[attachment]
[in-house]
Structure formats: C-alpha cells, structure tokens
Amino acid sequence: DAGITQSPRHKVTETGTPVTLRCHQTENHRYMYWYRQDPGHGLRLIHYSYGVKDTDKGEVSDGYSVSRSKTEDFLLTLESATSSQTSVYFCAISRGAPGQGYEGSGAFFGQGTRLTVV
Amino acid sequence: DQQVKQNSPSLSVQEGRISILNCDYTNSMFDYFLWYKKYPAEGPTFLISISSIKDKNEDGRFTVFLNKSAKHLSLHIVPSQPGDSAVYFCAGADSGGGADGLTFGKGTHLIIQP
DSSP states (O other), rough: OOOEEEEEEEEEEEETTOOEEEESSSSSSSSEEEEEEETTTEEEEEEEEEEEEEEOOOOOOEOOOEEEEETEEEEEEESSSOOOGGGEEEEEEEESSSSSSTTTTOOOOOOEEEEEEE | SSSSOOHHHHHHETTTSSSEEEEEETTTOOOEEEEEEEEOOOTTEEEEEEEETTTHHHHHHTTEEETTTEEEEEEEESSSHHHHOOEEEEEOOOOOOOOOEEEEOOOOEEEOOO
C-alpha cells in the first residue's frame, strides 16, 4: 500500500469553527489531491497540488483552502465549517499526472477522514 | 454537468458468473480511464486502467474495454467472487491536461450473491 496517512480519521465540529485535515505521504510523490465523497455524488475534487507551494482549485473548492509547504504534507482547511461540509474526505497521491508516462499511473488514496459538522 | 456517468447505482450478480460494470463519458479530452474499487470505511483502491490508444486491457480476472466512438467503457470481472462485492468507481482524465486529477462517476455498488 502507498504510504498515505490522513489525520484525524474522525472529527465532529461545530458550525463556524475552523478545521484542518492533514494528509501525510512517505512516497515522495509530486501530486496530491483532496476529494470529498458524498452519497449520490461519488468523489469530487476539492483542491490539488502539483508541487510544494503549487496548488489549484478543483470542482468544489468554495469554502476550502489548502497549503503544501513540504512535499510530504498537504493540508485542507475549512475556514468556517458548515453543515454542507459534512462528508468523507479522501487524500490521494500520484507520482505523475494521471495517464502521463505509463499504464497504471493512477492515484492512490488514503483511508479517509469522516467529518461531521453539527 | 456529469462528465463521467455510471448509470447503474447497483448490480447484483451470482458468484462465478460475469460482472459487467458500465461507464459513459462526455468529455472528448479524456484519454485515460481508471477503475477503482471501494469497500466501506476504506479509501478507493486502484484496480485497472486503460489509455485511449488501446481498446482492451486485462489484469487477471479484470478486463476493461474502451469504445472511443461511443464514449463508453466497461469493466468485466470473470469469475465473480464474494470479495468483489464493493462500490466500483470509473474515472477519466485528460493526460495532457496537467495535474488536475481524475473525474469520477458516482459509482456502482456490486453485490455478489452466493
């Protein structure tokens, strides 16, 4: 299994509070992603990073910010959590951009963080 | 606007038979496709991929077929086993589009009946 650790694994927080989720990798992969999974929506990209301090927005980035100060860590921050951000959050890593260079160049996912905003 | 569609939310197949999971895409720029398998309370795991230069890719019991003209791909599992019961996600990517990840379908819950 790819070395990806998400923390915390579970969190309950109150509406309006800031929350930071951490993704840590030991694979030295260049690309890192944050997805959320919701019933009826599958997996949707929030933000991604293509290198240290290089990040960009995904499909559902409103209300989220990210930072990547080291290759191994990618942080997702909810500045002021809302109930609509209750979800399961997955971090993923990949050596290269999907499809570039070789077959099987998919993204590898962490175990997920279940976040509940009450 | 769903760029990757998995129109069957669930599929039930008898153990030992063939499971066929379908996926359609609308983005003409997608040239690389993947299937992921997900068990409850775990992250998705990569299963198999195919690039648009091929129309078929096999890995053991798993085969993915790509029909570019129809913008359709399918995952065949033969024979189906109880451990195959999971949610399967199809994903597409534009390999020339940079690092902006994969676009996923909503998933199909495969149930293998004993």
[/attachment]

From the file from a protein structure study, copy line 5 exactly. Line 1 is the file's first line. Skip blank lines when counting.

DSSP states (O other), rough: OOOEEEEEEEEEEEETTOOEEEESSSSSSSSEEEEEEETTTEEEEEEEEEEEEEEOOOOOOEOOOEEEEETEEEEEEESSSOOOGGGEEEEEEEESSSSSSTTTTOOOOOOEEEEEEE | SSSSOOHHHHHHETTTSSSEEEEEETTTOOOEEEEEEEEOOOTTEEEEEEEETTTHHHHHHTTEEETTTEEEEEEEESSSHHHHOOEEEEEOOOOOOOOOEEEEOOOOEEEOOO